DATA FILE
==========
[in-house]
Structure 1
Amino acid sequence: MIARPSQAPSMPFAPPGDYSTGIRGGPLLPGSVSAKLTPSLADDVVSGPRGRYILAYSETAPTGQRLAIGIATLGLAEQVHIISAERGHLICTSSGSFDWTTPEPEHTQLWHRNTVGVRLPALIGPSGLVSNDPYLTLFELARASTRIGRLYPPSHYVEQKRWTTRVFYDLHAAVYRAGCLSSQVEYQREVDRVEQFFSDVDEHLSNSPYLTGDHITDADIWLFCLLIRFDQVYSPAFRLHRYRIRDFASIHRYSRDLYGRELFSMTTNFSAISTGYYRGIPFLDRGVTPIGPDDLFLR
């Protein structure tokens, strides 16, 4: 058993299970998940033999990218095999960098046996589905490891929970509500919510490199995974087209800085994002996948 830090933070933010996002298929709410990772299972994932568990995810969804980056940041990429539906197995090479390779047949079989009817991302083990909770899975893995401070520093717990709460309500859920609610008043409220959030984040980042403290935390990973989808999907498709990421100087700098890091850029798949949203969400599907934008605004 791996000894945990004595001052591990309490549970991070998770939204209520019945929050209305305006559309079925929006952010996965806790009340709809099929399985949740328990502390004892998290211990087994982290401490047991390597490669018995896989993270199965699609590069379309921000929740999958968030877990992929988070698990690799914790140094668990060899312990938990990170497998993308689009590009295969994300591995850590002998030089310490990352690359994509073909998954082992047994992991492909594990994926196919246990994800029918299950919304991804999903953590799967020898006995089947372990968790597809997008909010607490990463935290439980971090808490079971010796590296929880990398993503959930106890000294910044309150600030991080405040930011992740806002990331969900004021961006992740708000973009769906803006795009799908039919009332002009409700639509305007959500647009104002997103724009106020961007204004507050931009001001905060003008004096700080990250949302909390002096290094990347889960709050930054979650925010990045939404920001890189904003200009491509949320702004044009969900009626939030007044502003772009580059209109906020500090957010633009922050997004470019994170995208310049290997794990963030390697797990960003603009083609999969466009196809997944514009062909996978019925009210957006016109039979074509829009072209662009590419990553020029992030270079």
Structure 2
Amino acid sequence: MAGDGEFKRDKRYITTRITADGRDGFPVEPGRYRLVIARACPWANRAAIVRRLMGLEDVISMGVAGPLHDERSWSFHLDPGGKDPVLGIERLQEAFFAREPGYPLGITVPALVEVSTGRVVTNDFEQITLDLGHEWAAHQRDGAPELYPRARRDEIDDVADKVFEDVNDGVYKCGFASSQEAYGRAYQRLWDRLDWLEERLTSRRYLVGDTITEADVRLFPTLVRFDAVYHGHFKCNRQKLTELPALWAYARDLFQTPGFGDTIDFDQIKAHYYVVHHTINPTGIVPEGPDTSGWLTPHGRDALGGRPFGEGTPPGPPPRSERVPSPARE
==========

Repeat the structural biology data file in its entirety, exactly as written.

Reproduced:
[in-house]
Structure 1
Amino acid sequence: MIARPSQAPSMPFAPPGDYSTGIRGGPLLPGSVSAKLTPSLADDVVSGPRGRYILAYSETAPTGQRLAIGIATLGLAEQVHIISAERGHLICTSSGSFDWTTPEPEHTQLWHRNTVGVRLPALIGPSGLVSNDPYLTLFELARASTRIGRLYPPSHYVEQKRWTTRVFYDLHAAVYRAGCLSSQVEYQREVDRVEQFFSDVDEHLSNSPYLTGDHITDADIWLFCLLIRFDQVYSPAFRLHRYRIRDFASIHRYSRDLYGRELFSMTTNFSAISTGYYRGIPFLDRGVTPIGPDDLFLR
């Protein structure tokens, strides 16, 4: 058993299970998940033999990218095999960098046996589905490891929970509500919510490199995974087209800085994002996948 830090933070933010996002298929709410990772299972994932568990995810969804980056940041990429539906197995090479390779047949079989009817991302083990909770899975893995401070520093717990709460309500859920609610008043409220959030984040980042403290935390990973989808999907498709990421100087700098890091850029798949949203969400599907934008605004 791996000894945990004595001052591990309490549970991070998770939204209520019945929050209305305006559309079925929006952010996965806790009340709809099929399985949740328990502390004892998290211990087994982290401490047991390597490669018995896989993270199965699609590069379309921000929740999958968030877990992929988070698990690799914790140094668990060899312990938990990170497998993308689009590009295969994300591995850590002998030089310490990352690359994509073909998954082992047994992991492909594990994926196919246990994800029918299950919304991804999903953590799967020898006995089947372990968790597809997008909010607490990463935290439980971090808490079971010796590296929880990398993503959930106890000294910044309150600030991080405040930011992740806002990331969900004021961006992740708000973009769906803006795009799908039919009332002009409700639509305007959500647009104002997103724009106020961007204004507050931009001001905060003008004096700080990250949302909390002096290094990347889960709050930054979650925010990045939404920001890189904003200009491509949320702004044009969900009626939030007044502003772009580059209109906020500090957010633009922050997004470019994170995208310049290997794990963030390697797990960003603009083609999969466009196809997944514009062909996978019925009210957006016109039979074509829009072209662009590419990553020029992030270079």
Structure 2
Amino acid sequence: MAGDGEFKRDKRYITTRITADGRDGFPVEPGRYRLVIARACPWANRAAIVRRLMGLEDVISMGVAGPLHDERSWSFHLDPGGKDPVLGIERLQEAFFAREPGYPLGITVPALVEVSTGRVVTNDFEQITLDLGHEWAAHQRDGAPELYPRARRDEIDDVADKVFEDVNDGVYKCGFASSQEAYGRAYQRLWDRLDWLEERLTSRRYLVGDTITEADVRLFPTLVRFDAVYHGHFKCNRQKLTELPALWAYARDLFQTPGFGDTIDFDQIKAHYYVVHHTINPTGIVPEGPDTSGWLTPHGRDALGGRPFGEGTPPGPPPRSERVPSPARE